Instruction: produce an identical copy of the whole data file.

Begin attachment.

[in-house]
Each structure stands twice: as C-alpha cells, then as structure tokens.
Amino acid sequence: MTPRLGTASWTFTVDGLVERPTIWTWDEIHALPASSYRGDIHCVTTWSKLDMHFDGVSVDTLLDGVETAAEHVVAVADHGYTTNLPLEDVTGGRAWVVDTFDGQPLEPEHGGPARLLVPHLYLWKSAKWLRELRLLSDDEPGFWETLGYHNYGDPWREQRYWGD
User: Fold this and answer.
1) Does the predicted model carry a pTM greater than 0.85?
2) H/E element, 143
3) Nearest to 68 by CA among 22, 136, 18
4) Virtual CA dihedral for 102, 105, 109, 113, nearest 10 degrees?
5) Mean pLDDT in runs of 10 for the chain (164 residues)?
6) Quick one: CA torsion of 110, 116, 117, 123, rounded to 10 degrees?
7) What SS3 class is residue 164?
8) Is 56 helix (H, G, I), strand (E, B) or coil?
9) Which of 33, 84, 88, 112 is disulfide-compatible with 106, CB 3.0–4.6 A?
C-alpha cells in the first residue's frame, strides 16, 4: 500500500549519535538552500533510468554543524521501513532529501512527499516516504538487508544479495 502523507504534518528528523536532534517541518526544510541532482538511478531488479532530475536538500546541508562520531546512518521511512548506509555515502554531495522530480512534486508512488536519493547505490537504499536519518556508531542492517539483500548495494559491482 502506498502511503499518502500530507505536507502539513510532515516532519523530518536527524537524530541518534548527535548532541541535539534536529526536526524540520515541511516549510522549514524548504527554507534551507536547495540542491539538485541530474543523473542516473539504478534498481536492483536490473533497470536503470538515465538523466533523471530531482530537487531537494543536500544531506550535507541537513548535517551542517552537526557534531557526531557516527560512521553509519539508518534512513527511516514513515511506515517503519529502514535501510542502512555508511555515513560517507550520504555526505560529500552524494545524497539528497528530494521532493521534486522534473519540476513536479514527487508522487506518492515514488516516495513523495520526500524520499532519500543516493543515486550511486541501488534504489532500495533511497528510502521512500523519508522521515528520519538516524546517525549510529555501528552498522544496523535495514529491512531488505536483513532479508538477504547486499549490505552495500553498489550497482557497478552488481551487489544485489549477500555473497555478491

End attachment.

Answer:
[in-house]
Each structure stands twice: as C-alpha cells, then as structure tokens.
Amino acid sequence: MTPRLGTASWTFTVDGLVERPTIWTWDEIHALPASSYRGDIHCVTTWSKLDMHFDGVSVDTLLDGVETAAEHVVAVADHGYTTNLPLEDVTGGRAWVVDTFDGQPLEPEHGGPARLLVPHLYLWKSAKWLRELRLLSDDEPGFWETLGYHNYGDPWREQRYWGD
User: Fold this and answer.
1) Does the predicted model carry a pTM greater than 0.85?
2) H/E element, 143
3) Nearest to 68 by CA among 22, 136, 18
4) Virtual CA dihedral for 102, 105, 109, 113, nearest 10 degrees?
5) Mean pLDDT in runs of 10 for the chain (164 residues)?
6) Quick one: CA torsion of 110, 116, 117, 123, rounded to 10 degrees?
7) What SS3 class is residue 164?
8) Is 56 helix (H, G, I), strand (E, B) or coil?
9) Which of 33, 84, 88, 112 is disulfide-compatible with 106, CB 3.0–4.6 A?
C-alpha cells in the first residue's frame, strides 16, 4: 500500500549519535538552500533510468554543524521501513532529501512527499516516504538487508544479495 502523507504534518528528523536532534517541518526544510541532482538511478531488479532530475536538500546541508562520531546512518521511512548506509555515502554531495522530480512534486508512488536519493547505490537504499536519518556508531542492517539483500548495494559491482 502506498502511503499518502500530507505536507502539513510532515516532519523530518536527524537524530541518534548527535548532541541535539534536529526536526524540520515541511516549510522549514524548504527554507534551507536547495540542491539538485541530474543523473542516473539504478534498481536492483536490473533497470536503470538515465538523466533523471530531482530537487531537494543536500544531506550535507541537513548535517551542517552537526557534531557526531557516527560512521553509519539508518534512513527511516514513515511506515517503519529502514535501510542502512555508511555515513560517507550520504555526505560529500552524494545524497539528497528530494521532493521534486522534473519540476513536479514527487508522487506518492515514488516516495513523495520526500524520499532519500543516493543515486550511486541501488534504489532500495533511497528510502521512500523519508522521515528520519538516524546517525549510529555501528552498522544496523535495514529491512531488505536483513532479508538477504547486499549490505552495500553498489550497482557497478552488481551487489544485489549477500555473497555478491